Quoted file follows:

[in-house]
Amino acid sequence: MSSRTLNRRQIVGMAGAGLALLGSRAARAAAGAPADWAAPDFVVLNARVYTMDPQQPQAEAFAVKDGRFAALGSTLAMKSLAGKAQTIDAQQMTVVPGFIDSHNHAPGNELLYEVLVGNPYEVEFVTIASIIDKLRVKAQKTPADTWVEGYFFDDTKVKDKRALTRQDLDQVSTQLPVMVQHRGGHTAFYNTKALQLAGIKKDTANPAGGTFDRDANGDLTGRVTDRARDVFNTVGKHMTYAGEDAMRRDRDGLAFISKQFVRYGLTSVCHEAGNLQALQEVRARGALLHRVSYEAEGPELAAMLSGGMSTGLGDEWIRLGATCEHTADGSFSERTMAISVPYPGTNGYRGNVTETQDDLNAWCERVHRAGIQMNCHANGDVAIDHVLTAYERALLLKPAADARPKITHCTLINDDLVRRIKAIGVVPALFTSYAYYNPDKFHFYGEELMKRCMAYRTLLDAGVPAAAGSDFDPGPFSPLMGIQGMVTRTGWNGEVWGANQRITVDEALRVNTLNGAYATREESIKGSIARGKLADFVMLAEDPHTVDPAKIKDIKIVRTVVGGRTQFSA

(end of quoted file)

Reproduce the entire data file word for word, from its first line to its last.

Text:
[in-house]
Amino acid sequence: MSSRTLNRRQIVGMAGAGLALLGSRAARAAAGAPADWAAPDFVVLNARVYTMDPQQPQAEAFAVKDGRFAALGSTLAMKSLAGKAQTIDAQQMTVVPGFIDSHNHAPGNELLYEVLVGNPYEVEFVTIASIIDKLRVKAQKTPADTWVEGYFFDDTKVKDKRALTRQDLDQVSTQLPVMVQHRGGHTAFYNTKALQLAGIKKDTANPAGGTFDRDANGDLTGRVTDRARDVFNTVGKHMTYAGEDAMRRDRDGLAFISKQFVRYGLTSVCHEAGNLQALQEVRARGALLHRVSYEAEGPELAAMLSGGMSTGLGDEWIRLGATCEHTADGSFSERTMAISVPYPGTNGYRGNVTETQDDLNAWCERVHRAGIQMNCHANGDVAIDHVLTAYERALLLKPAADARPKITHCTLINDDLVRRIKAIGVVPALFTSYAYYNPDKFHFYGEELMKRCMAYRTLLDAGVPAAAGSDFDPGPFSPLMGIQGMVTRTGWNGEVWGANQRITVDEALRVNTLNGAYATREESIKGSIARGKLADFVMLAEDPHTVDPAKIKDIKIVRTVVGGRTQFSA